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22 Minutes host Mark Critch and Newfoundland Premier Danny Williams pose with students from Bishop Feild School in St. John's.

1. Remedial language skills. Premier Danny Williams went back to elementary school recently so he could say, en francais, "Quebec is giving Newfoundland and Labrador the shaft."

He also learned how to say a couple of other choice phrases in French: "Miss, miss," the Premier says, waving his hand impatiently while his seatmate, a little boy, looks quizzically at him. "I've got a question. How, how do you say, 'Quebec is getting away with highway robbery' in French?"

In case you were wondering, this is a joke. Mr. Williams is a guest on CBC's comedy show, 22 Minutes, Tuesday night. But it's not very funny; it's cringe-worthy.

While 22 Minutes is trying to do more political satire - to recapture the glory days when politicians would line up to be on the show and former cast member Rick Mercer would interview prime ministers over burgers and hold raucous pajama parties with female MPs - this skit does not induce laughter.

The premise has potential; it exaggerates and plays up the Premier's combative nature. Mr. Williams is a passionate politician who fights hard for his province and that lands him in scraps with other governments.

His battles with Stephen Harper's federal Conservatives are epic. More recently he's been fighting with and throwing a few insults at Quebec over the issue of electricity transmission. Hence the skit, in which 22 Minutes host Mark Critch advises the Premier he would be more effective if he could deliver his insults in French.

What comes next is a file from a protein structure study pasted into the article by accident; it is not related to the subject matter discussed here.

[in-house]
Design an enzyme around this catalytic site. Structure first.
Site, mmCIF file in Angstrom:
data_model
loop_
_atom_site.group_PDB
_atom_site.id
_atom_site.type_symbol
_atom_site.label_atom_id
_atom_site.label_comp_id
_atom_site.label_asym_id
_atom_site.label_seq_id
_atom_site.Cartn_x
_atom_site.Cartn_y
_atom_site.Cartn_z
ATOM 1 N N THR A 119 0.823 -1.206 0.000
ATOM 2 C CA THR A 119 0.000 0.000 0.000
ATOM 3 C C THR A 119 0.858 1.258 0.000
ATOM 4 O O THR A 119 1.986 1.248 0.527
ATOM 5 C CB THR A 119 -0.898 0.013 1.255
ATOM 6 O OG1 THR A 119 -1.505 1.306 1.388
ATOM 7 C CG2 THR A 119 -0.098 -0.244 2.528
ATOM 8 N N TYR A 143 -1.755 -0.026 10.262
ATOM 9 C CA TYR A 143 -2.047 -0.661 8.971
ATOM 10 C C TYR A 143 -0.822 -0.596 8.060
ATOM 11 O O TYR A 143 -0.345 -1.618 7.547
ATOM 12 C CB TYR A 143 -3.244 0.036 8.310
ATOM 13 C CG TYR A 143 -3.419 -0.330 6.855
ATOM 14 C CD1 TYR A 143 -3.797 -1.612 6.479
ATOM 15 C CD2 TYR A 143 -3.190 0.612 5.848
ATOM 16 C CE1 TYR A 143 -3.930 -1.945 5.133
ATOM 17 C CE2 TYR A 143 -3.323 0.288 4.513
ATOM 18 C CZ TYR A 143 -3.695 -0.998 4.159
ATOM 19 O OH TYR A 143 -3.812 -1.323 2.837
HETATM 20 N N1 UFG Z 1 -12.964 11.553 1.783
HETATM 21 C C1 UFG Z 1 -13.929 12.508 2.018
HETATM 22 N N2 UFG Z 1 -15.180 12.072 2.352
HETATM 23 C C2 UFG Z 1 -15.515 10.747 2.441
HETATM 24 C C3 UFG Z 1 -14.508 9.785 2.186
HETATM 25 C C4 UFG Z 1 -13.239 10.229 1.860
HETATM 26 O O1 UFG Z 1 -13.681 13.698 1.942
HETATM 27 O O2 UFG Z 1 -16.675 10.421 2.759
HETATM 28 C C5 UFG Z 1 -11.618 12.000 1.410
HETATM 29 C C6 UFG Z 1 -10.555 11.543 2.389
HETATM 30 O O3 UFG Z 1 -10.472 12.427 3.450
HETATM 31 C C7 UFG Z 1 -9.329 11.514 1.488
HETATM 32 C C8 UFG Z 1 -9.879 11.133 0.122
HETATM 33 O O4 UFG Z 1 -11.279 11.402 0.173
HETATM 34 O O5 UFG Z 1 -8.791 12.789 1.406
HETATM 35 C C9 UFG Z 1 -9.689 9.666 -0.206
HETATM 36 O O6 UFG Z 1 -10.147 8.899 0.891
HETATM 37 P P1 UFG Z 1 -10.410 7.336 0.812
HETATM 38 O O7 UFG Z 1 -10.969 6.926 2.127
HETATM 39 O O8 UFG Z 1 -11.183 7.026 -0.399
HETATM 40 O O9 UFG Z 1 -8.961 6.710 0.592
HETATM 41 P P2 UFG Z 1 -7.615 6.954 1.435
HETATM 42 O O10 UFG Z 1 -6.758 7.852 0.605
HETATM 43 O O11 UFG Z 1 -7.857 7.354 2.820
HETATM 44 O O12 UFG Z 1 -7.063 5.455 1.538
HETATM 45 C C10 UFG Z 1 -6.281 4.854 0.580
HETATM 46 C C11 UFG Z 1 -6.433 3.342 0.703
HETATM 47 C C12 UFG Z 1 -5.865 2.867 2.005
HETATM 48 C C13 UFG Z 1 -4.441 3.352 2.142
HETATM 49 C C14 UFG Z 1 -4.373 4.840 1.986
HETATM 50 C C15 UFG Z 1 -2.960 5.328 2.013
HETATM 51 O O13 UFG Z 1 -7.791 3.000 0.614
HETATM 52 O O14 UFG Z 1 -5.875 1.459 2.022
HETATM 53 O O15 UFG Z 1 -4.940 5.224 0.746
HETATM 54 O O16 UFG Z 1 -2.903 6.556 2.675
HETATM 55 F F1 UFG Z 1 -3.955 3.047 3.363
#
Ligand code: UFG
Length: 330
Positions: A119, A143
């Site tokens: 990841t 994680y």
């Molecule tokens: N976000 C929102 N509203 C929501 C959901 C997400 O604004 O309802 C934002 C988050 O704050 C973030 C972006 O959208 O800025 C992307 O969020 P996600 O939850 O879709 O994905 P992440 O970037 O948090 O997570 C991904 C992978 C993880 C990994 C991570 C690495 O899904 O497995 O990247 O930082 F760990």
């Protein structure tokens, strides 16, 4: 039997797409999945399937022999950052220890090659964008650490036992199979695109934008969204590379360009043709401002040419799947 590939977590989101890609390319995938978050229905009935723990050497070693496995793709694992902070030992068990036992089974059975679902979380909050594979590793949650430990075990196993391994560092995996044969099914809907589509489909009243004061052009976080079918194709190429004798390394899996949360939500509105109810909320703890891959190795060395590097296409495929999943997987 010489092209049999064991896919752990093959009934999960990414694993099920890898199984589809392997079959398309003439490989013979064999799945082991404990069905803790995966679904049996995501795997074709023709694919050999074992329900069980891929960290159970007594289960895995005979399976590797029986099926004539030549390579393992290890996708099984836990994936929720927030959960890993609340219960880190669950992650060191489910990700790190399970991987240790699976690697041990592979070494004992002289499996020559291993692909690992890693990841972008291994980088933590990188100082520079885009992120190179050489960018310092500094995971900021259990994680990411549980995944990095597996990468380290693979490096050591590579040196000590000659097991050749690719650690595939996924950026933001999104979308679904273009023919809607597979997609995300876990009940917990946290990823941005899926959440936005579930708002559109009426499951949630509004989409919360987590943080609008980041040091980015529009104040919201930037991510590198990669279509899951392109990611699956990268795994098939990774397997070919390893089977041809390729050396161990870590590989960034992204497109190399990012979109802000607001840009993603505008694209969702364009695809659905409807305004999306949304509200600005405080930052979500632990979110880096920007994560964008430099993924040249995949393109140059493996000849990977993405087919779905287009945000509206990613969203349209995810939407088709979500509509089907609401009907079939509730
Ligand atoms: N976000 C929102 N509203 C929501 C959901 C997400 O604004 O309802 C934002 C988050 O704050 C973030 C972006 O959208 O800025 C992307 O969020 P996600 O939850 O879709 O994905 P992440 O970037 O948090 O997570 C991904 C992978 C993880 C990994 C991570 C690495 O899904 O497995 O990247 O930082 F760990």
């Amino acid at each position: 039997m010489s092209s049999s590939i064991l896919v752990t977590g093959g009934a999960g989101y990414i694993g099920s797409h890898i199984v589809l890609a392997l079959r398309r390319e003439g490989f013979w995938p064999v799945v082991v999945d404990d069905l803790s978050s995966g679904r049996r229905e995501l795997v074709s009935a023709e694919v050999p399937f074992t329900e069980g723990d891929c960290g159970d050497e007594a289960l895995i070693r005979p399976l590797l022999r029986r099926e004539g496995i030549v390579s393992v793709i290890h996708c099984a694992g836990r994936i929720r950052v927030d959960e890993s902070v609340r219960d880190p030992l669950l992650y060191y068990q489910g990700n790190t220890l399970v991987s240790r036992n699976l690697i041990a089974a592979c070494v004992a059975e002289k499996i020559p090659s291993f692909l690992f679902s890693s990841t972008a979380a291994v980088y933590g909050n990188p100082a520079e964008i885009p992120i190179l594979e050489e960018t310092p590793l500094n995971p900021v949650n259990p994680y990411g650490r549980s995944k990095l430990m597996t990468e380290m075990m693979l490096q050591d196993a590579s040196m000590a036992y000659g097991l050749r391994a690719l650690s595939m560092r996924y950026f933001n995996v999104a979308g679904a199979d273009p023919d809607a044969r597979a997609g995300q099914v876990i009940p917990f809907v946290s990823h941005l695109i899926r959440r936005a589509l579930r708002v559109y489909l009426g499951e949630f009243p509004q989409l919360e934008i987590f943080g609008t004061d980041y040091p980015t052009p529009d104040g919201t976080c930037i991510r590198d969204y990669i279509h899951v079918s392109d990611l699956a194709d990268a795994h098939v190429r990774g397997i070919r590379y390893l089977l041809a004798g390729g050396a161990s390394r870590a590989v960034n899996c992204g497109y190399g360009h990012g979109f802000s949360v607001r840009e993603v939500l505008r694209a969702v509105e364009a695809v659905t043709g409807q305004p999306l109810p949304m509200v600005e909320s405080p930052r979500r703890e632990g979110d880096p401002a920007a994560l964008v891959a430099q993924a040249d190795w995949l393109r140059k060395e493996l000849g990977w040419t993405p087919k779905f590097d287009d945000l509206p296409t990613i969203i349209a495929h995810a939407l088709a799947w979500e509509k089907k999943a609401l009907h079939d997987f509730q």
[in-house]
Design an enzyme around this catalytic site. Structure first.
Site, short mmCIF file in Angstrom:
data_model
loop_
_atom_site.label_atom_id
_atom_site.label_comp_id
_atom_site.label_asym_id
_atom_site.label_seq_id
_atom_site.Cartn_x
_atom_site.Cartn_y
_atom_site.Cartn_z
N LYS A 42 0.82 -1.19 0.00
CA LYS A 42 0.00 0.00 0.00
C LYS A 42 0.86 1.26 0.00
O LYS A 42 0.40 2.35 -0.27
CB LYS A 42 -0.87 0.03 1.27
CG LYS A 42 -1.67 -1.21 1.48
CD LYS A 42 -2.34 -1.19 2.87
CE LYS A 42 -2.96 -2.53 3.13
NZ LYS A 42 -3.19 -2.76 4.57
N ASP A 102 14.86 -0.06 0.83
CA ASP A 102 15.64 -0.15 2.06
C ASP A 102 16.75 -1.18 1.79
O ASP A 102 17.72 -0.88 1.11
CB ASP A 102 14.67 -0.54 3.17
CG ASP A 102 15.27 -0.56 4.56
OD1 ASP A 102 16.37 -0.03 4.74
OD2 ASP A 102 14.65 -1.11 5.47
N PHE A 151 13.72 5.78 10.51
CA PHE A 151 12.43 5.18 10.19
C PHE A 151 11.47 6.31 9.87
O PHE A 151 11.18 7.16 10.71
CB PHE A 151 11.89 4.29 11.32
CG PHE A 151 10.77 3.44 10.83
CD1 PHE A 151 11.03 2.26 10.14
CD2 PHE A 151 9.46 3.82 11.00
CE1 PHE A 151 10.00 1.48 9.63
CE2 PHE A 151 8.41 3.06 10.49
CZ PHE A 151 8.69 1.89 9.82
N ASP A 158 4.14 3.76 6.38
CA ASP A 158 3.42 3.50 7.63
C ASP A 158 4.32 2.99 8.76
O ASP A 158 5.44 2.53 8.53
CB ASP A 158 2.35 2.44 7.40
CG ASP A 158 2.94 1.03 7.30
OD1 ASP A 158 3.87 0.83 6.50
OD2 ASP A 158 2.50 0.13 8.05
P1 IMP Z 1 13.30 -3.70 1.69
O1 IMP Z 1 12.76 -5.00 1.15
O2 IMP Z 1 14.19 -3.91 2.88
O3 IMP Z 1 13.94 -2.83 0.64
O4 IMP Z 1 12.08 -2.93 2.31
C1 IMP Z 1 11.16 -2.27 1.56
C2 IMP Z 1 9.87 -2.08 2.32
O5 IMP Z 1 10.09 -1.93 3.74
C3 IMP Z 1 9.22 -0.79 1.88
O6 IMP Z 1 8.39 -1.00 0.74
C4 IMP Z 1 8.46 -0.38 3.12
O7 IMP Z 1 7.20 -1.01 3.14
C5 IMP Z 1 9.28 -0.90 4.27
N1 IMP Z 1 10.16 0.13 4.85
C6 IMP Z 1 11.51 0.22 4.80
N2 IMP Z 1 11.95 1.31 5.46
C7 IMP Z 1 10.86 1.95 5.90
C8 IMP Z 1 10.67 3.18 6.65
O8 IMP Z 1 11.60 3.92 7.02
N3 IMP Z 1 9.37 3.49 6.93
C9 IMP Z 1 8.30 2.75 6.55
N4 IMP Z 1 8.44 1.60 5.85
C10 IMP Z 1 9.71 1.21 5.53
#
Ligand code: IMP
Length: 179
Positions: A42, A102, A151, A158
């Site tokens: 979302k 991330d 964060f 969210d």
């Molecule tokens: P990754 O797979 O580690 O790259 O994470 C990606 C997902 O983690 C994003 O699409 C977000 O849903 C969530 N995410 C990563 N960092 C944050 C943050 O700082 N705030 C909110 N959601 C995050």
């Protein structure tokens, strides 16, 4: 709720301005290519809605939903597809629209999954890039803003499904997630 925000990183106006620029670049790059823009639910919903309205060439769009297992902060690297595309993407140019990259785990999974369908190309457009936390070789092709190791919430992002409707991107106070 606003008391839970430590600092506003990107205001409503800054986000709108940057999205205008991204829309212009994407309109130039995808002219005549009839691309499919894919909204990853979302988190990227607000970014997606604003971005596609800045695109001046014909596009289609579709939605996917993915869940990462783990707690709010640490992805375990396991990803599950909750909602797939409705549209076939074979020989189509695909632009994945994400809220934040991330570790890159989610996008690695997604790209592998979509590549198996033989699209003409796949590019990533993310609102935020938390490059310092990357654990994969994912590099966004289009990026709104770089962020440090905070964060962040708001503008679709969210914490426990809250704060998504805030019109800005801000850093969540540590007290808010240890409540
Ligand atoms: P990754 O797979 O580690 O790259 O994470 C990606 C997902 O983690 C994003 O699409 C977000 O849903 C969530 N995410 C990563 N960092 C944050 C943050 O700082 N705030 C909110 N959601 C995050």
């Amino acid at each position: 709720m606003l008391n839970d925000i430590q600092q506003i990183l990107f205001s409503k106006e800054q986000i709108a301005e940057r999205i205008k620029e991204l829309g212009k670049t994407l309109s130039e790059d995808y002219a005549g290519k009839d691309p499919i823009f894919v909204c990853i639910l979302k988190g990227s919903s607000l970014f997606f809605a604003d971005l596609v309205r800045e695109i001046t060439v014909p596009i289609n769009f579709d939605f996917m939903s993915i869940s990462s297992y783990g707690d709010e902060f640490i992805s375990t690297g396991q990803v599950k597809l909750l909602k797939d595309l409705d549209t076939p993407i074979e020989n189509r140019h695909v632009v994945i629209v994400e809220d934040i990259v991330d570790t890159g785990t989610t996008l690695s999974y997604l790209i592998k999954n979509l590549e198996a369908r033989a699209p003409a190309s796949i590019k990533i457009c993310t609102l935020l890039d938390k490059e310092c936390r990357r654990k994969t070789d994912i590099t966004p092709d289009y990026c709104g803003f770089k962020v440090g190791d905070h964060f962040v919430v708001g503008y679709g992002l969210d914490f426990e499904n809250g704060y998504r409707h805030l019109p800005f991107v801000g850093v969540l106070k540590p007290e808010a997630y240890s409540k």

"If you really want to piss off the people of Quebec you've got to say these things in French," Mr. Critch says. Then, he tests the Premier's linguistic ability.

Mr. Williams rhymes off a few French words - "poutine" and "Mario Lemieux" - noting that he learned his French from John Crosbie, the colourful former Conservative cabinet minister, who is now the Lieutenant-Governor of the province and speaks broken French with a pronounced Newfoundland accent.

So the action moves to the classroom, where the Premier is quite disruptive. Not only does he interrupt the teacher but he complains that his crayons aren't as good as the ones other students have. He and Mr. Critch are sent to the office. The skit ends with Mr. Critch, who is angry at the Premier for getting them in trouble. He calls the Premier an "arsehole."

"Look who's talking," Mr. Williams replies.

Not all is lost, however. There is a piece with Geri Hall and Nova Scotia MP Peter Stoffer. It's funny. She wants to know why the New Democrat changed his vote to support the long-gun registry. And before he can answer she lists off what she believes are a few of his favourite things: his favourite fish is "flounder," his favourite dance is the "shuffle" and his favourite food are "waffles." She presents him with a pair of "Peter Stoffer flip flops" at the end of the skit.

2. From Ottawa to elected office. Two Tory staffers, Brian MacDonald and Wes McLean, recently quit jobs on Parliament Hill to run for public office. On Monday night they won their races and will soon be sitting in the New Brunswick Legislature.

Mr. MacDonald, a senior policy advisor to Defence Minister Peter MacKay, beat a sitting cabinet minister in his Fredericton riding. Speculation is that he is destined for a cabinet post in David Alward's new Progressive Conservative government. (Mr. Alward soundly defeated Shawn Graham, holding his Liberals to a single term in government.)

Mr. McLean, meanwhile, was a former staffer in the Prime Minister's Office and had worked for the Leader of the Government in the Senate, Marjory LeBreton. He won in the rural riding of Victoria-Tobique, defeating Larry Kennedy, who had been the only surviving member of Frank McKenna's 1987 sweep of the province. Dr. Kennedy had survived the Bernard Lord elections that saw Conservatives rule the province but couldn't survive this one.